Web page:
Jahida Wehbe on how the Arab world's greatest poets inspire her songs

The Lebanese singer will perform during the Abu Dhabi Culture Summit

Lebanese poet and singer Jahida Wehbe. Photo: Youness Hamiddine
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Whether she's performing at a concert or speaking at an academic conference, Lebanese singer and poet Jahida Wehbe is always in her element.

Those same creative characteristics, which define her career, will come together when she takes part in the Abu Dhabi Culture Summit, which is set to run at Manarat Al Saadiyat from Sunday until next Tuesday.

In addition to performing select songs featuring lyrics by revered Arab poets Kahlil Gibran, Mahmoud Darwish and Rabaa Al Adawiya, the artist is looking forward to mixing it up with delegates from different disciplines.

It is an atmosphere she relishes, Wehbe says, as it takes her back to her academic days studying psychology in university, in addition to completing a degree in vocalism and the oud at the Lebanese National Superior Conservatory of Music.

“I think it is vitally important for artists to expose themselves to as many different cultural arenas as they can,” she tells The National.

“And the Abu Dhabi Culture Summit is extremely important because of what it represents. We are talking about how culture can essentially shield us from ignorance.

“Culture makes better communities and keeps us away from all kinds of extremism and discrimination that ultimately leads to wars and violence.”

It's the same belief that has powered Wehbe's career, which seamlessly blends music, literature and theatre.

She first made an impression with the brilliant breakout album, 2013's Katabtany, a fusion of restrained music ­compositions paired with poetry by the likes of late German Nobel Prize winner Gunter Grass and Algeria's fierce feminist writer Ahlam ­Mosteghanemi.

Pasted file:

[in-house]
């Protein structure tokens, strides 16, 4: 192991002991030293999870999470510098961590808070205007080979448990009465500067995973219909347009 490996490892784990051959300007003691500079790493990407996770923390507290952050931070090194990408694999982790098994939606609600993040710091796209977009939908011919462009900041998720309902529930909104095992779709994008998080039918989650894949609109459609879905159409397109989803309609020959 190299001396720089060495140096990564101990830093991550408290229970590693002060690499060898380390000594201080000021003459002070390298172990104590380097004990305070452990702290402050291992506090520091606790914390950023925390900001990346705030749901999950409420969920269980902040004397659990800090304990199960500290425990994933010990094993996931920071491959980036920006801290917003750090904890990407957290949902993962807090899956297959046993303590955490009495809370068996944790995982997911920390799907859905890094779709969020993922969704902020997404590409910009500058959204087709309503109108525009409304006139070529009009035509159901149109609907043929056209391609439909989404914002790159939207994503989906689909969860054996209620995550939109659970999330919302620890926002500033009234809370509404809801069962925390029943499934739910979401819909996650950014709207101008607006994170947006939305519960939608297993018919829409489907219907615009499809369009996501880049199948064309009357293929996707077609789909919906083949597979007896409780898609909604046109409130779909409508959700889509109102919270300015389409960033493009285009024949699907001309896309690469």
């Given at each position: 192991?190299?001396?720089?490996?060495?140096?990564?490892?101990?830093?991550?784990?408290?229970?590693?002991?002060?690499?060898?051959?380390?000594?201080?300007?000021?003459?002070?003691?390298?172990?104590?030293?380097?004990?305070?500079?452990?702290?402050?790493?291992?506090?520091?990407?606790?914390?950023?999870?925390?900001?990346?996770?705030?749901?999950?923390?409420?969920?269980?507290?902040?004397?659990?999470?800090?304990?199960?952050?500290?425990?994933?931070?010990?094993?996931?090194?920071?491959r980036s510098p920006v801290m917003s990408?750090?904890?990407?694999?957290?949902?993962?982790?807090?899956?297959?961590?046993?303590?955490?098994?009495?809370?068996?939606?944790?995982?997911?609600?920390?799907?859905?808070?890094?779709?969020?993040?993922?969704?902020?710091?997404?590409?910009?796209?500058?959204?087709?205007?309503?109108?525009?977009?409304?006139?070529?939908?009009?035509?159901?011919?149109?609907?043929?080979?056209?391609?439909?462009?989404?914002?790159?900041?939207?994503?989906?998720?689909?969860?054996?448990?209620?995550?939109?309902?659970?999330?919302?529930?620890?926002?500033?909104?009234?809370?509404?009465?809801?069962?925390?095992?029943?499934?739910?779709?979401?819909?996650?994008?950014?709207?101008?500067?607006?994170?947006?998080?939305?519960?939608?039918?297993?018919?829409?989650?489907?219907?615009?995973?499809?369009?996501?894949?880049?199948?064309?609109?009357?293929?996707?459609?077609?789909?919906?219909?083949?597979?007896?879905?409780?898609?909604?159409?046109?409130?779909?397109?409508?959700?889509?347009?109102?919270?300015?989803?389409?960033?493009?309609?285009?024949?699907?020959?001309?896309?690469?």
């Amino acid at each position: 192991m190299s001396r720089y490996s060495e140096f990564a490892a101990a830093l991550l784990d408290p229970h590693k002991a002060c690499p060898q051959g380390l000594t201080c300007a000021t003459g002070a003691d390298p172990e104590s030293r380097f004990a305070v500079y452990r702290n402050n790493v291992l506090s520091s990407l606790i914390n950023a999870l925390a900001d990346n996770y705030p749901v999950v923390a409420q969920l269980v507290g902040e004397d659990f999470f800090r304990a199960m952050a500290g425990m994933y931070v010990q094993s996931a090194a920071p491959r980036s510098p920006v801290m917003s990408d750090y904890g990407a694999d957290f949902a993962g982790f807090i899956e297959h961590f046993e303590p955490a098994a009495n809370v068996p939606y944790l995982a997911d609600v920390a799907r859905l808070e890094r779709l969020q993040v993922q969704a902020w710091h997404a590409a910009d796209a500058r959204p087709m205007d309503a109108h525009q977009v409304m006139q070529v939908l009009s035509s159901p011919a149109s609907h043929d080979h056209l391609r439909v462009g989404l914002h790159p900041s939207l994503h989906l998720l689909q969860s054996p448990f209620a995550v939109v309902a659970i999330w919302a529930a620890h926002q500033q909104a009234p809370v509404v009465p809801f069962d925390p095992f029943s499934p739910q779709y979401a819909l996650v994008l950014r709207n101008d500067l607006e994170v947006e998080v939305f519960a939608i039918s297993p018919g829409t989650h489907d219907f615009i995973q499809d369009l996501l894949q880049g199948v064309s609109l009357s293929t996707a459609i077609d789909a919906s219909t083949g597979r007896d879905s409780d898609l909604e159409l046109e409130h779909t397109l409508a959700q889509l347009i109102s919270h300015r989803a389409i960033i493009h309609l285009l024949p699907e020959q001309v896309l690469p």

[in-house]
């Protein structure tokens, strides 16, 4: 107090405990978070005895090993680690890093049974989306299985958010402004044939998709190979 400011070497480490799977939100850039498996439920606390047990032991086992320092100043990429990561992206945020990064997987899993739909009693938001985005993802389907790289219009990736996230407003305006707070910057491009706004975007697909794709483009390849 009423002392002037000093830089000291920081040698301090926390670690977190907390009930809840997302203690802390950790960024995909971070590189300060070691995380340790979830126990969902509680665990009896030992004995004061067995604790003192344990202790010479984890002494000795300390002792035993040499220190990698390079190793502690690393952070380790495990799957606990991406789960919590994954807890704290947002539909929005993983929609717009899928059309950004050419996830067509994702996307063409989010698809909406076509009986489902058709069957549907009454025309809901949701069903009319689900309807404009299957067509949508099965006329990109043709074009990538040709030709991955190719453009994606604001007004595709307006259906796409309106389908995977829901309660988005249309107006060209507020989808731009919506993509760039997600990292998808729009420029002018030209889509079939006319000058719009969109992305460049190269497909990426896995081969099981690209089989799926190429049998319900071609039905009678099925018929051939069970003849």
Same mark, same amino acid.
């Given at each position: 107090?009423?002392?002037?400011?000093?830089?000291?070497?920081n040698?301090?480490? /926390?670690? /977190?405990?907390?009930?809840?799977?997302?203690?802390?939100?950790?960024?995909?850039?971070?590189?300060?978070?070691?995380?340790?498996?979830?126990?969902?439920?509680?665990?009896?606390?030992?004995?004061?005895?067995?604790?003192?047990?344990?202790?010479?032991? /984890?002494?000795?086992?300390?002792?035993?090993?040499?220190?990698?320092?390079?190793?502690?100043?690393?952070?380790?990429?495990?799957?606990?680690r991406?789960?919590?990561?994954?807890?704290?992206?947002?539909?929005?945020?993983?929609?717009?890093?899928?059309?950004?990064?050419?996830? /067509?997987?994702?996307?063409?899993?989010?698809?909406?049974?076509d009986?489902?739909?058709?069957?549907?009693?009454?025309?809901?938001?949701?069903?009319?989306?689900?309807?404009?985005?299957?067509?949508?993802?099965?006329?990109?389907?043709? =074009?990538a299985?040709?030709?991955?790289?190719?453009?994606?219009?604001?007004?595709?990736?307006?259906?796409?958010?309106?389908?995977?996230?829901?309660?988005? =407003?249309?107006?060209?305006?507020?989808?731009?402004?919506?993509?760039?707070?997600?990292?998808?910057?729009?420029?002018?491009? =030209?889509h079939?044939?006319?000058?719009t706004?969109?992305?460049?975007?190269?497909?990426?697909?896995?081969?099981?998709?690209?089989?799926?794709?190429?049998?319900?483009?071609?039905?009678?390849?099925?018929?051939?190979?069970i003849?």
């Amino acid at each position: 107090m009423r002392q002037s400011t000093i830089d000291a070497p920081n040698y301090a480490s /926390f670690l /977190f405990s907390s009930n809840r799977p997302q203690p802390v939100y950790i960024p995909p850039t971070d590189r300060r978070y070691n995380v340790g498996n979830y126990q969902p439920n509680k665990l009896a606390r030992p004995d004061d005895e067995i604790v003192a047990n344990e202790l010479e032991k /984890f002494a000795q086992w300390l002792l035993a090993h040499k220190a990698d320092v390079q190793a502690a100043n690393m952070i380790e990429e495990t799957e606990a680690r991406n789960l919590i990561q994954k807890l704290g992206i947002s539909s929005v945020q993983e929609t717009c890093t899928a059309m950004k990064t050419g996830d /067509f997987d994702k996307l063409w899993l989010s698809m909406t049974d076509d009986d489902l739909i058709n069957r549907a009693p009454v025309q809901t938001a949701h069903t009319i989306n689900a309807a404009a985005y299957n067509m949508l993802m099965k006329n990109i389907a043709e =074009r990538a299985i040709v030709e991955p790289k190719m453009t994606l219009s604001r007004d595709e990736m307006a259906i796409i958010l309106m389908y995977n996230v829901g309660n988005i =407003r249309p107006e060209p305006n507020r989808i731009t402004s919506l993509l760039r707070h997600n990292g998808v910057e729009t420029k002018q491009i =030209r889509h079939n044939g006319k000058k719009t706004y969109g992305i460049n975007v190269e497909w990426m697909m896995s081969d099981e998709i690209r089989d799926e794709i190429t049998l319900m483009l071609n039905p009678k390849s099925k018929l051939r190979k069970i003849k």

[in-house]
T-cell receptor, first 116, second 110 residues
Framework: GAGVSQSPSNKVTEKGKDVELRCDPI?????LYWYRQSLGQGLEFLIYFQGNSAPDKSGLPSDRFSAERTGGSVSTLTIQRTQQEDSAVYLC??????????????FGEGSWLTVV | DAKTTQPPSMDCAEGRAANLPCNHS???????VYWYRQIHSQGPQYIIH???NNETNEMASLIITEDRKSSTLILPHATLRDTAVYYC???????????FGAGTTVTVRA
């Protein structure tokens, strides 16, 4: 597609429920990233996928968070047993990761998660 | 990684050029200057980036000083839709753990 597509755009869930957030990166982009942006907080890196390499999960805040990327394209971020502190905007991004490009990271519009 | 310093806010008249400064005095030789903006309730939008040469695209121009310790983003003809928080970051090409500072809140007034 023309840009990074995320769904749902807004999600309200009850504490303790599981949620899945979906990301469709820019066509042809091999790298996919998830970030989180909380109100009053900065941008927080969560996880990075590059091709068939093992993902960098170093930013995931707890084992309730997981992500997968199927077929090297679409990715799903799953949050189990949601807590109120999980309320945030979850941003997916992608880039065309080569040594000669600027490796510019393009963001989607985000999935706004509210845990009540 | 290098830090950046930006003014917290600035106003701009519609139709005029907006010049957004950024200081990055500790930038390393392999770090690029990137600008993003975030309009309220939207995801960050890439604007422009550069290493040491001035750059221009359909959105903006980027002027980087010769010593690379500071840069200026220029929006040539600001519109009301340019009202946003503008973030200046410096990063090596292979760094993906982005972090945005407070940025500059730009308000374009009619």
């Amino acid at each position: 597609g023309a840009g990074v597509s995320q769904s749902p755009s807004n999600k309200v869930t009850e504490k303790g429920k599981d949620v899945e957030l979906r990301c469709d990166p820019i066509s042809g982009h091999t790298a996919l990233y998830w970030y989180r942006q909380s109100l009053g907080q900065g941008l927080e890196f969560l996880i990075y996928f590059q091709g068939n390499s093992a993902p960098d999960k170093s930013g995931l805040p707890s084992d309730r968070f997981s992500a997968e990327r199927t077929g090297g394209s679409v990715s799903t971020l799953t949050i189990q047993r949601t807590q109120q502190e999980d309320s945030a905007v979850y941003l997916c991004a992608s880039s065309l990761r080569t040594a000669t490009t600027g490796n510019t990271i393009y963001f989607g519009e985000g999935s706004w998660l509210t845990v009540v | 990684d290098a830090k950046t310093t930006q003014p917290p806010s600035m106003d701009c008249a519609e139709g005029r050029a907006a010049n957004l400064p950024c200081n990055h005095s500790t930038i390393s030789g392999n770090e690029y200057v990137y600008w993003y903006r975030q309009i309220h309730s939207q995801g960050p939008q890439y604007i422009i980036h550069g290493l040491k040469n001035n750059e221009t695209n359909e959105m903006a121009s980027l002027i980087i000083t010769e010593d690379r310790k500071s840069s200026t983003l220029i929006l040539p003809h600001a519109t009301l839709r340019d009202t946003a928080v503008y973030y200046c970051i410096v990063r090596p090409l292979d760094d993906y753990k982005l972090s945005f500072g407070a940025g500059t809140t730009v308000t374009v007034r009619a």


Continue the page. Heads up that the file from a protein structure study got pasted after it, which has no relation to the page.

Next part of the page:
From then on, she expanded her literary reach: in 2014's Shahd, she teamed up with the Belgian quintet Osama Abdulrasol Ensemble (led by the famed Iraqi qanun player) to provide musical accompaniment to poetry by literary greats such as Chile's Pablo Neruda and Syria's Adonis.

In 2017, Wehbe took her craft to the small screen by collaborating with Abu Dhabi TV on a series of 30 spiritual music ­compositions and videos to be aired nightly during Ramadan.

Wehbe disagrees with the notion that her work can be considered as niche.

“I just want to provide a different approach with the music that I am making,” she says. “I am trying to simulate and address people's conscience and thoughts because there is a lot of music right now that speaks to people's bodies.

"I am trying to readdress that balance in my own way but doing it in a style that is inviting and modern.”

An example of which is her successful Divas show, which toured Dubai and the wider region, including a performance at the 2020 Baalbeck Festival in Lebanon.

A mix of theatre and a live concert performance, Wehbe performed songs and monologues by some of the Arab, French and Mediterranean world's greatest female singers with modern jazz arrangements.

Her latest single Beirut Tuffhaton Lil Bahr, is another stirring example of that forward-thinking approach.

A collaboration with Sary and Ayad Khalife, the sons of revered Lebanese composer Marcel Khalife, it is a melange of musical styles, with Wehbe's rich and husky tones paired with a vibrant and improvisational score with Sary and Ayad on violin and piano respectively.

The lyrics celebrating Beirut's splendour and tenacity are also an amalgam of poetry by Darwish, Adonis, Boland Haidari and Khalil Hawi.

"I wanted to gather poetry that speaks of the contrasting natures of Beirut,” Wehbe says. “It’s an iconic city that lived through everything from periods of ambition to despair to beauty and misery.”

Wehbe confirms the track will feature in the new album Salt and Shadows, to be released next year.

"It is a project that features wonderful and rich Arabic poetry," she says. "Both Sary and Ayad Khalife are producing and playing and I am responsible for the melodies.

“It has been a great experience because the music, while recorded in the studio, has a very organic and live feel and there is also a lot of improvisation."

While the Abu Dhabi Culture Summit has limited places for the public to attend, Wehbe reveals she aims to be back in Abu Dhabi with a new show.

"It is a collaboration with the Brussels Jazz Orchestra and is inspired by the short story anthology One Thousand and One Nights," she adds.

“I am currently in discussion with the Department of Culture and Tourism — Abu Dhabi about bringing this project, which started in Europe, to Abu Dhabi," she says. "God willing, there will be some good news soon in the future."

More information on the Abu Dhabi Culture Summit is available at culturesummitabudhabi.com

Updated: October 19, 2022, 3:35 AM